23 member states sign Solar Charter, vow to tackle unfair competition – Euronews

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Leaders pledge extended support with new European Solar Charter to back European EU photovoltaic manufacturing.

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Leaders of 23 EU member states and the European Commission have signed a Solar Charter pledging to step up financing opportunities, skills capacity and to address unfair competition in the bloc during an Energy Council.

Austria, Belgium, Bulgaria, Croatia, Czechia, Denmark, Estonia, Finland, France, Germany, Greece, Hungary, Italy, Latvia, Lithuania, Luxembourg, Poland, Portugal, Romania, Slovakia, Slovenia, Spain, and the Netherlands signed the European Solar Charter in Brussels on Monday (April 15) in Brussels in an attempt to accelerate deployment of solar energy in the EU, with a view to reaching the bloc’s binding commitment to provide at least 42.5% renewable energy by 2030.

Tinne Van der Straeten, Belgian Minister for Energy currently holding the rotating EU Presidency, said the charter “aims to anchor and maintain the competitiveness” of Europe’s solar industry.

In 2023, a new record was set with 27% of electricity in the EU coming from solar and wind power, according to the Belgian Presidency. However, while 56 GW of photovoltaic (PV) panels were installed in Europe in 2023, according to the Belgian minister, 97% of the installed capacity was made up of Chinese panels.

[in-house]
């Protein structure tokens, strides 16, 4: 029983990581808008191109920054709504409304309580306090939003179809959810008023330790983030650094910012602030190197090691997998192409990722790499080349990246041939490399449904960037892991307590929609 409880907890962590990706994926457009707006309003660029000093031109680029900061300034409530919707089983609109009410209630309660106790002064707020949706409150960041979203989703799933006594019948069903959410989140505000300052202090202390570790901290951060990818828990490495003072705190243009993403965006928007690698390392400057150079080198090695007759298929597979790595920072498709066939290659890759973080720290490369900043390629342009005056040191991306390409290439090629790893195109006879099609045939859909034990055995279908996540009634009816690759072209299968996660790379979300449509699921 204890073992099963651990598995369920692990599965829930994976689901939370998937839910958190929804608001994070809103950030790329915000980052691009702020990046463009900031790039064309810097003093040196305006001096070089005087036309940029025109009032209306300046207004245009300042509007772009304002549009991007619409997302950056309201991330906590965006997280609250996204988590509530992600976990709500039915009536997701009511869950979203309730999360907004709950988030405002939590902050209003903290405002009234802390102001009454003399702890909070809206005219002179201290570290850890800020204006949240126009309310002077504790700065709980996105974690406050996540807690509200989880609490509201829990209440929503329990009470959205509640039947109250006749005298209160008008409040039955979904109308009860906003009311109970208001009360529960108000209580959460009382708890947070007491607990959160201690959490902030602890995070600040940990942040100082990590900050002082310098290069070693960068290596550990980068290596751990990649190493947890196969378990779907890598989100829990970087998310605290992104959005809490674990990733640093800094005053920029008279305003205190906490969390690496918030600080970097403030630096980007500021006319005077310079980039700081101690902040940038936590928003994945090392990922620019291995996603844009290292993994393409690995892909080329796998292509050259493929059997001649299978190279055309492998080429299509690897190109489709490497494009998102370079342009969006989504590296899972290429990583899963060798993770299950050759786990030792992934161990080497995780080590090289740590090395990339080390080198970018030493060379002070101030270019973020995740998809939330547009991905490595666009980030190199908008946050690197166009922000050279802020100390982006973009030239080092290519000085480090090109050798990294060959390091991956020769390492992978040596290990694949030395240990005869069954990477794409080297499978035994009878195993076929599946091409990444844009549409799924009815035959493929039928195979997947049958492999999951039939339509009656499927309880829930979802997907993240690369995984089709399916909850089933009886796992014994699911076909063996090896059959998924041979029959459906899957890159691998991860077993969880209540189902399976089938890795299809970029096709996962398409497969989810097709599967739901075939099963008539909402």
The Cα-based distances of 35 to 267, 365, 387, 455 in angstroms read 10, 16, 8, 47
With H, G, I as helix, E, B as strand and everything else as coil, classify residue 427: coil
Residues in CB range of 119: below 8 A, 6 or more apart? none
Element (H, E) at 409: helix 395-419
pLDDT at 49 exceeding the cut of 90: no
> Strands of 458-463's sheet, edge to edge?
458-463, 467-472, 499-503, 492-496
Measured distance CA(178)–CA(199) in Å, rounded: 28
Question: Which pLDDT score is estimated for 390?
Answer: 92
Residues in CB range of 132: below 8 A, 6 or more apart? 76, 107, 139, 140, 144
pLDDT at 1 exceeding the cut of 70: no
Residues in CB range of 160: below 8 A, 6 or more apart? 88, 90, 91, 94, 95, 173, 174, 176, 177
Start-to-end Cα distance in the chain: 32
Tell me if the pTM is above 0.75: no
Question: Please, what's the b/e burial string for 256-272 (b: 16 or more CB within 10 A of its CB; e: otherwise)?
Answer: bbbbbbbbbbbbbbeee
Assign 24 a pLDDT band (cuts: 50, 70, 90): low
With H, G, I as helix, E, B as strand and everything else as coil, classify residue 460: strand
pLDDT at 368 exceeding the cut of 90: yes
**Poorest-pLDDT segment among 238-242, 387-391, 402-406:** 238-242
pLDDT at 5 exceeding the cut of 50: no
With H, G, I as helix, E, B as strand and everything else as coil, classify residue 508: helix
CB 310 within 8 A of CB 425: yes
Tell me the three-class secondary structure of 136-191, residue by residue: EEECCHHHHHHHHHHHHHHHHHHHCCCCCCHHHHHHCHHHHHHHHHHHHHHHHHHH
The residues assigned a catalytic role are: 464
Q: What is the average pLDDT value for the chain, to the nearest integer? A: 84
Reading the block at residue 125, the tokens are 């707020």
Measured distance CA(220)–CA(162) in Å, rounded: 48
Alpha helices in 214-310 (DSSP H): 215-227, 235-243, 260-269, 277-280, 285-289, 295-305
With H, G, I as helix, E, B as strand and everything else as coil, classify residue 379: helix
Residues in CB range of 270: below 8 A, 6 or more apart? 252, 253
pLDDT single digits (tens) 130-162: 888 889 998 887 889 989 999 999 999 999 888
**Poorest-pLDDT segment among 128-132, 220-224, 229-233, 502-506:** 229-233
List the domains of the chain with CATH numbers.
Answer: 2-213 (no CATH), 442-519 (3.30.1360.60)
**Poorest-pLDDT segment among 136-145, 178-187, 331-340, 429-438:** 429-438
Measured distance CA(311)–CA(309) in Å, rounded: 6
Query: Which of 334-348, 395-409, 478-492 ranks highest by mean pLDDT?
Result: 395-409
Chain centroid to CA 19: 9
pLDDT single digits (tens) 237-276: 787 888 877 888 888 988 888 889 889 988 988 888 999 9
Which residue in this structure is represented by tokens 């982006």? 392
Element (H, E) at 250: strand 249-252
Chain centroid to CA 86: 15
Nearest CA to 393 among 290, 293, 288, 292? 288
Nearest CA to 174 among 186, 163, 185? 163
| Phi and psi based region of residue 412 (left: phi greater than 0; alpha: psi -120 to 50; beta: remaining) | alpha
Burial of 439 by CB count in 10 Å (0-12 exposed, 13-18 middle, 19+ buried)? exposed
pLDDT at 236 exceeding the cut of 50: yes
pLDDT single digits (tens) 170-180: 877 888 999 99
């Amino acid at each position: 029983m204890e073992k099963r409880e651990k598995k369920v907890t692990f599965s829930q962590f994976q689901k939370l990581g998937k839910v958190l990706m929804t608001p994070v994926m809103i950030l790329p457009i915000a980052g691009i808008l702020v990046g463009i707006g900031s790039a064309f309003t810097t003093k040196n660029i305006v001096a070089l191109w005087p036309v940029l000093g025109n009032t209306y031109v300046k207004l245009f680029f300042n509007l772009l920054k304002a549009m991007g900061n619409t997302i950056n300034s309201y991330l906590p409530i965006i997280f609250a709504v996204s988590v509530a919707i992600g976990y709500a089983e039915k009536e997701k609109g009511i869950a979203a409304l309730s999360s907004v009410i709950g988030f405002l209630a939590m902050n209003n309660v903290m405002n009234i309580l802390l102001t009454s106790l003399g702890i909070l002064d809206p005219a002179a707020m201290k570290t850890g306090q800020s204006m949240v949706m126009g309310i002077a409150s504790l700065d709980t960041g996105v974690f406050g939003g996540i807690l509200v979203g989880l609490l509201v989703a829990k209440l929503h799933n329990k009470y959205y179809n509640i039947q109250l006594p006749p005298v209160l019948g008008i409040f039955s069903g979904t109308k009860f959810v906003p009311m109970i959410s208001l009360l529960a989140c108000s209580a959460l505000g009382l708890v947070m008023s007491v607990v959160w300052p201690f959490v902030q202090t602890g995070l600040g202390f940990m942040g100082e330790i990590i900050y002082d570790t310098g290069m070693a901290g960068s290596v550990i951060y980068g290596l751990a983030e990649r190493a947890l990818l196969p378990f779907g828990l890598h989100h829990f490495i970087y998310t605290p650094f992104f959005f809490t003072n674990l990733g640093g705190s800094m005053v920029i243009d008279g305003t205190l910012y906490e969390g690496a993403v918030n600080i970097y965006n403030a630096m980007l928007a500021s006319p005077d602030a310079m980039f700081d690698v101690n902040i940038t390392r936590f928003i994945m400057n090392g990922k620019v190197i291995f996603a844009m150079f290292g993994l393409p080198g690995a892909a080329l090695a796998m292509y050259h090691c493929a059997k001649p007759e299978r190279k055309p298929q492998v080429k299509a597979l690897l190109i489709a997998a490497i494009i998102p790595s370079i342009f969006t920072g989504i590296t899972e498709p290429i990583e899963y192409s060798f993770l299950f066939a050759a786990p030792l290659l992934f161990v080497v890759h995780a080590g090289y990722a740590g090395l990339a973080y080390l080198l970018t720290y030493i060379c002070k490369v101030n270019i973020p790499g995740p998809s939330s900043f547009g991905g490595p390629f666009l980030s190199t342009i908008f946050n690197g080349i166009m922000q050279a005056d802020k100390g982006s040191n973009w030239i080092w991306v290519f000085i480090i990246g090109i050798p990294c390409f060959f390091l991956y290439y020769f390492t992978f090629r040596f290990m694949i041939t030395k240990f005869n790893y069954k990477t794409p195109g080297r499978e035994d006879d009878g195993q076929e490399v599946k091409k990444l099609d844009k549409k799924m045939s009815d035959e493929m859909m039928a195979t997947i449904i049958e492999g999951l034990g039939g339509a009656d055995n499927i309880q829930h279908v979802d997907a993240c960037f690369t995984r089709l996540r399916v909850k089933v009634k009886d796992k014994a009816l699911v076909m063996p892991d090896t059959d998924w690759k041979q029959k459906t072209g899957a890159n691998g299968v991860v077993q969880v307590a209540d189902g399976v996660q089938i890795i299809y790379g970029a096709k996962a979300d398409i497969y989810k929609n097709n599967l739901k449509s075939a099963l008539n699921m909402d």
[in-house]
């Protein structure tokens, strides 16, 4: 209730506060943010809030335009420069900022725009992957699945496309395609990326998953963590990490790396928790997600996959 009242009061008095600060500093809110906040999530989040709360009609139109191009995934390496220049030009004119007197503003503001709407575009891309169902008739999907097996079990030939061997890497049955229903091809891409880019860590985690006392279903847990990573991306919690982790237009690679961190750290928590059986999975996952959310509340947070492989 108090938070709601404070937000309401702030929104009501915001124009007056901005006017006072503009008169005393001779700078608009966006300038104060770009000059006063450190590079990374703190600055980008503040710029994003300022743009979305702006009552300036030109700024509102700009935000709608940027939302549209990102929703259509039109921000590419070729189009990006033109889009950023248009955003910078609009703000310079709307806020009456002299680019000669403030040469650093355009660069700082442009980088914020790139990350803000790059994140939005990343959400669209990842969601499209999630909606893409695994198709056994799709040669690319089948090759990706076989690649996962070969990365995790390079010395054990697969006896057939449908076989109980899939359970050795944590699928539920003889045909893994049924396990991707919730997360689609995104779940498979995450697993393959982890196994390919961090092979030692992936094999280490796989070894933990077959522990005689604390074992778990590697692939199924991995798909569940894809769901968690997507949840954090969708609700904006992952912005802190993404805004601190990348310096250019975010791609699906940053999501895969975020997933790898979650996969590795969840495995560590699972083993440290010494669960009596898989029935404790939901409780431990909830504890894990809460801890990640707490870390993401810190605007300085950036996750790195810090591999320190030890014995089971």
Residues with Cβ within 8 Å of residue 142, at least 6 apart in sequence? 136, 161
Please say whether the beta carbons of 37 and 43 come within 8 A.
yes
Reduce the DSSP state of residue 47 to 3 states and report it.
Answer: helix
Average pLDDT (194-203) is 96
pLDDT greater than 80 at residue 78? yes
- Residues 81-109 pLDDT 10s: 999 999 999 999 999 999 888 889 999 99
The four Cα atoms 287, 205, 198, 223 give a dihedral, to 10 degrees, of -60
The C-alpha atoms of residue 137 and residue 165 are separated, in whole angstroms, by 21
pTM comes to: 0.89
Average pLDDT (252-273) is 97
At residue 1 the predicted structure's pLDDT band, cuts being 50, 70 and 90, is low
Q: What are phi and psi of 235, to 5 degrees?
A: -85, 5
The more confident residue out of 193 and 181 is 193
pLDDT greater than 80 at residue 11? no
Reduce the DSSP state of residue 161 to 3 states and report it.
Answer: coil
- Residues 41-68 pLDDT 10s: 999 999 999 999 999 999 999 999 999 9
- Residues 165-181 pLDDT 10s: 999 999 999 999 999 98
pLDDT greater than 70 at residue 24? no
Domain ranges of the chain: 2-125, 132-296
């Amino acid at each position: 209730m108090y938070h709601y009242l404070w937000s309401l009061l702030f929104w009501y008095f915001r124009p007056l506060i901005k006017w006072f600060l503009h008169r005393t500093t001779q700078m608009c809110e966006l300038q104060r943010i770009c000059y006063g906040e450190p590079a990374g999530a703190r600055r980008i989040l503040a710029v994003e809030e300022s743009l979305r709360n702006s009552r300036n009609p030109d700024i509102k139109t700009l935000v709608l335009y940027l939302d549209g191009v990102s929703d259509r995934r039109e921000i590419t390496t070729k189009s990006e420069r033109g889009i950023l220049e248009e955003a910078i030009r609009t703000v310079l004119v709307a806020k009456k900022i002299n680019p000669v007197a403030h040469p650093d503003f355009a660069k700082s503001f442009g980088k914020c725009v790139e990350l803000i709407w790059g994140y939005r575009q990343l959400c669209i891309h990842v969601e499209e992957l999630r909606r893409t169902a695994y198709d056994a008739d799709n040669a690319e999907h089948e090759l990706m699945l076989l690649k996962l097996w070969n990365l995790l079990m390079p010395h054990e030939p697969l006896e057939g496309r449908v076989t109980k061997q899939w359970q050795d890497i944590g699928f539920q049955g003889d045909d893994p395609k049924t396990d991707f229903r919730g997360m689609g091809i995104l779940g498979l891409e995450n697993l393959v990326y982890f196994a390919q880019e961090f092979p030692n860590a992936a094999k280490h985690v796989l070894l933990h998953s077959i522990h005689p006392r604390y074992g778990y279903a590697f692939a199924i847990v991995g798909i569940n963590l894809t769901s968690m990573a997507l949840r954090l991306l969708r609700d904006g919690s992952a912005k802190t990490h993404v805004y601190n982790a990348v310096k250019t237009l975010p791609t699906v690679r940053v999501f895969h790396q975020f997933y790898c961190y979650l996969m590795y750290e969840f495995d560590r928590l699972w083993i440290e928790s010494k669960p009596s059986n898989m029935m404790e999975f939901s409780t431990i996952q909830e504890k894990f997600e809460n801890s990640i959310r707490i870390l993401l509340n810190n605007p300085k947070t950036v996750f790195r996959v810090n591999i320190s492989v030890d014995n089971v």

Member states are also considering “innovative forms” of solar energy deployment such as agriculture-PV, floating solar, and PVs integrated with infrastructure, vehicles or buildings. Plans are also in motion to expand skills for the solar sector through the Solar Academy and the Renewable Energy Skills Partnership.

“The European Solar Charter brings together the Commission, national authorities and the industry, fostering cooperation and bringing support to the production of solar panels made in Europe,” said Energy Commissioner Kadri Simson.

Walburga Hemetsberger, CEO of industry group SolarPower Europe, said the Solar Charter marked a key moment of “recognition” and acclaimed leaders for standing up to their commitments.

“The continent’s governments have made a high-level promise to our manufacturers, recognising their critical role in the strategic supply chains of today and tomorrow,” said Hemetsberger.

She noted, however, that “rapid action” and “concrete measures” at national and EU level are paramount to support manufacturers and keep unfair foreign competition at bay.

“This means rolling out resilience criteria in public procurement and auctions as soon as possible, unlocking subsidy support, and establishing dedicated EU financing for solar,” she added, referring to the provisions in the Net Zero Industry Act (NZIA) which seek to apply resilience and sustainability criteria to avoid overdependence on foreign sources.

Member states alongside industry representatives have committed to promote supply of solar PV products in Europe through “rapid implementation” of the NZIA and the Energy Performance of Buildings Directive (EPBD), meant to revamp old buildings, which promotes installation of solar rooftops.

The EPBD requires member states to take action in public and non-residential buildings from 2026 to 2030 to progressively equip roofs with solar installations. To do so, governments must also roll out national strategies, policies and measures on solar installations in residential buildings.

Rooftop solar PV growth is thriving, growing 54% year-on-year, according to a report from the NGO Climate Action Network (CAN) Europe, putting France and Lithuania as the frontrunners and Bulgaria and Romania as the laggards.

EU leaders are considering “all available EU funding opportunities” including “flexibilities” under State aid, according to the Charter.

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